Coping with the aftermath can be a disaster, too, for people with disabilities.

By Jim Hammitt

My God, this is the BIG ONE!” was my first thought as I was jolted awake by the roaring and shaking of the Northridge earthquake at 4:31 a.m. on January 17, 1994. My wife and I forgot about the luxury of a couple of extra hours of rest because of the Martin Luther King Jr. holiday, as we faced the real possibility of being trapped and crushed in our brick-lined bedroom. It sounded as if the roof was coming off while the room …

Disaster Prep


If you have a disability, the forces of nature can be meaner to you than anyone else. But you can fight back. Be prepared.

By Douglas Lathrop

Floods, brush fires, earthquakes, hurricanes, riots – the last few years have seen more than their fair share of disasters both natural and man-made. In especially hard-hit areas such as Southern California, the jokes about plagues of locusts and Las Vegas beachfront property have long since worn thin.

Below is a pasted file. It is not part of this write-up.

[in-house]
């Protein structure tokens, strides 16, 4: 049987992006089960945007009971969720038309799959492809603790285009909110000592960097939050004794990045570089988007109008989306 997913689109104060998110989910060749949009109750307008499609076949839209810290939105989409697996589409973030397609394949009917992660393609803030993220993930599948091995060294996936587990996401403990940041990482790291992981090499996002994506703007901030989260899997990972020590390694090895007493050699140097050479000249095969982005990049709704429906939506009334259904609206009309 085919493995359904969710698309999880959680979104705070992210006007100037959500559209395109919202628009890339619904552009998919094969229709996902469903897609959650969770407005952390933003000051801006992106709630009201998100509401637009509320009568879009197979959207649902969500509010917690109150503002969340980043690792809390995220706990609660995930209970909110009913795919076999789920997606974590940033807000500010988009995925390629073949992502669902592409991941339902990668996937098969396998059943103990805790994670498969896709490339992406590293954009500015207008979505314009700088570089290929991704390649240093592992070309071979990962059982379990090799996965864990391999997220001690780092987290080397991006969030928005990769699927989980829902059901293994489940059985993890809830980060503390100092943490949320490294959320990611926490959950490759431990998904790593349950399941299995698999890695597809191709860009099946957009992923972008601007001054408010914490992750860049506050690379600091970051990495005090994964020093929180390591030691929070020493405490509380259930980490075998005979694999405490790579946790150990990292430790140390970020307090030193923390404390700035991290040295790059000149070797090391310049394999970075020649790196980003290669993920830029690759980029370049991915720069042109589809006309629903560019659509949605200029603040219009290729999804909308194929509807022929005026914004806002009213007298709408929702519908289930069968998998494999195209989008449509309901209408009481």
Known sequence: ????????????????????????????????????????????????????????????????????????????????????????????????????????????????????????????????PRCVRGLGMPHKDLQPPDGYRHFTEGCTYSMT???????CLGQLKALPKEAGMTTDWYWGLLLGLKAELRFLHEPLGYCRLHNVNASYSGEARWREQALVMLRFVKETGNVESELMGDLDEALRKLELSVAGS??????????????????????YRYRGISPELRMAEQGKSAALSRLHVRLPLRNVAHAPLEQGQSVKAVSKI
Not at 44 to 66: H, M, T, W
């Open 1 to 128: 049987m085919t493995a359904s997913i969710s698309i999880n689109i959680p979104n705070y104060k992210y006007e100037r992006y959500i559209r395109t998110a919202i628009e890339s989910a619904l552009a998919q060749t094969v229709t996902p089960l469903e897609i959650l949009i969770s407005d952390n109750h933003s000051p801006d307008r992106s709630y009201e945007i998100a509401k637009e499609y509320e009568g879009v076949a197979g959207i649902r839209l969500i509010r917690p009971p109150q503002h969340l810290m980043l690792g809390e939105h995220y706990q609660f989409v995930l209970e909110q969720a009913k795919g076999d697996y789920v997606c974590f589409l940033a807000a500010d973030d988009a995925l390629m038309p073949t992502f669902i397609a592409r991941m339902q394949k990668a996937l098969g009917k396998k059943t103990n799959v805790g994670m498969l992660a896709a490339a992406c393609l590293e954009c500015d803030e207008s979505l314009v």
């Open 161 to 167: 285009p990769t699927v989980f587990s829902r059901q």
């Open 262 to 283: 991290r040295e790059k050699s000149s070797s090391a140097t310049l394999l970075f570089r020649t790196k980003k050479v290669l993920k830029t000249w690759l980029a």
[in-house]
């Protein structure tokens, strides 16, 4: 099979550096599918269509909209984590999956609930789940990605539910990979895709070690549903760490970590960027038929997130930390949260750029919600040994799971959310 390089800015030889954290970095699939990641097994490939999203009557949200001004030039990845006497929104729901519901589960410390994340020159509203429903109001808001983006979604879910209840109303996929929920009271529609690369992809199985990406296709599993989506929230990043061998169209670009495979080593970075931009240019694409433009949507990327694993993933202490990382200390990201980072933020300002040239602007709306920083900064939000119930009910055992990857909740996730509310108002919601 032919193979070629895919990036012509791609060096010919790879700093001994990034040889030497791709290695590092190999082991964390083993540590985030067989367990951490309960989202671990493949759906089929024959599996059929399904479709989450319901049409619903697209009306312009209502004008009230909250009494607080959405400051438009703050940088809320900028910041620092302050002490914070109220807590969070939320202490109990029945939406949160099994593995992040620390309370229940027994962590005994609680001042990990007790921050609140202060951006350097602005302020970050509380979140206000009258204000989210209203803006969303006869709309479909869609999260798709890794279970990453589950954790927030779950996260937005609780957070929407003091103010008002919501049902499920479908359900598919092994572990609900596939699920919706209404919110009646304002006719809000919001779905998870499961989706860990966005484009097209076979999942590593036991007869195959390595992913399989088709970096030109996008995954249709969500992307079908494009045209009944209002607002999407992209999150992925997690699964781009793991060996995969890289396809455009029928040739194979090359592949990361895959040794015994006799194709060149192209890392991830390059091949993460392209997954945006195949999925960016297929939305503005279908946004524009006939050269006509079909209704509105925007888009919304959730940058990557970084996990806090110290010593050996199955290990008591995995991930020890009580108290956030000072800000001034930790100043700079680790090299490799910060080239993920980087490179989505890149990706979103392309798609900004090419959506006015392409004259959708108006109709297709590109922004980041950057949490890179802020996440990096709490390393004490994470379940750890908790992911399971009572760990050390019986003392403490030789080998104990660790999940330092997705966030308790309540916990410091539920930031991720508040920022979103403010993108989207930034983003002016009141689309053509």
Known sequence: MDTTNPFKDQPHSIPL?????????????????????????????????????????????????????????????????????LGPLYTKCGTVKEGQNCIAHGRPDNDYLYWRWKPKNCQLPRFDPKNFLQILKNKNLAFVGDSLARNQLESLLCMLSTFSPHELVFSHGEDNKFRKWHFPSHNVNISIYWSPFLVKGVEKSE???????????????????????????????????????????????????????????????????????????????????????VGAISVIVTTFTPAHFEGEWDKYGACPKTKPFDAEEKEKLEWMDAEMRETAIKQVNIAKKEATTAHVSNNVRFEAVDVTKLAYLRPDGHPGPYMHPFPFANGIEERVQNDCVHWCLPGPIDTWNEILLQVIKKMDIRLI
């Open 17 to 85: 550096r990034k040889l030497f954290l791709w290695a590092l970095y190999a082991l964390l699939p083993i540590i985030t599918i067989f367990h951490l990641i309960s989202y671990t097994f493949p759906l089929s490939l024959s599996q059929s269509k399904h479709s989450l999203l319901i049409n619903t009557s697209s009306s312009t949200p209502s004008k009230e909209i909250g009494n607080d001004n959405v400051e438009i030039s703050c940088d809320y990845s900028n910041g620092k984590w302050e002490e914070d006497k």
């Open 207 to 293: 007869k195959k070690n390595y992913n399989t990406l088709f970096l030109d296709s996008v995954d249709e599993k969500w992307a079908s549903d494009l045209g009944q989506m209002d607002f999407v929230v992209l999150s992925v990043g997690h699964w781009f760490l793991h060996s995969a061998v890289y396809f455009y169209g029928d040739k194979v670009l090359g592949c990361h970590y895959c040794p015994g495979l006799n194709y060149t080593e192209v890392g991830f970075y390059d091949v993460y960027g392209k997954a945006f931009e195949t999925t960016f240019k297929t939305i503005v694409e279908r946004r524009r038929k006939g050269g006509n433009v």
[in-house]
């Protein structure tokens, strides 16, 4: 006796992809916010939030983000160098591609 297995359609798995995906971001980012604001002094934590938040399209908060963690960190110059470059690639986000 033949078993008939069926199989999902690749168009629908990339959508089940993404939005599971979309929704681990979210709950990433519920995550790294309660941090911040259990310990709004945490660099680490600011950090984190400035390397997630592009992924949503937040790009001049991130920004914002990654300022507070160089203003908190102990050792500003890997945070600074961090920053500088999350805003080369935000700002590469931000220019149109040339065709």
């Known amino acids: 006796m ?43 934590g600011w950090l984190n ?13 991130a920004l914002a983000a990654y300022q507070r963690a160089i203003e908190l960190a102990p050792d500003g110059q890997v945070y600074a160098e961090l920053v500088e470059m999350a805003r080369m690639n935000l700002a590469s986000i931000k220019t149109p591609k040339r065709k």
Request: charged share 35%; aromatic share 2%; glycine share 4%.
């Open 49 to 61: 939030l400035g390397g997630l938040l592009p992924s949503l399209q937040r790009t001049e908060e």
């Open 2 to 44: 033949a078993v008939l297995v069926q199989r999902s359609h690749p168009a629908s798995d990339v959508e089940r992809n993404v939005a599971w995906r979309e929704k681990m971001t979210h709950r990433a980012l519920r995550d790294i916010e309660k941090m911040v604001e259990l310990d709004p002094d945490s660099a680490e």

Disaster-prone areas such as southern Florida and California are home to large concentrations of persons with disabilities, of whom increasing numbers are living either …

When Disaster Strikes

Fire, flood, earthquake … terrorist attack. Disasters, natural and man-made, turn our world upside down, inflicting suffering and death on all of us involved. For people with disabilities, coping with the aftermath of disaster can be doubly difficult. After the Northridge earthquake in 1994 and the hurricanes in the southeast, MAINSTREAM took a look at how people with disabilities fared, and what we can do to prepare. In light of the attacks in New York and Washington, DC on September 11, 2001, these articles are worth examining anew.

Disaster:If you have a disability, the forces of nature can be meaner …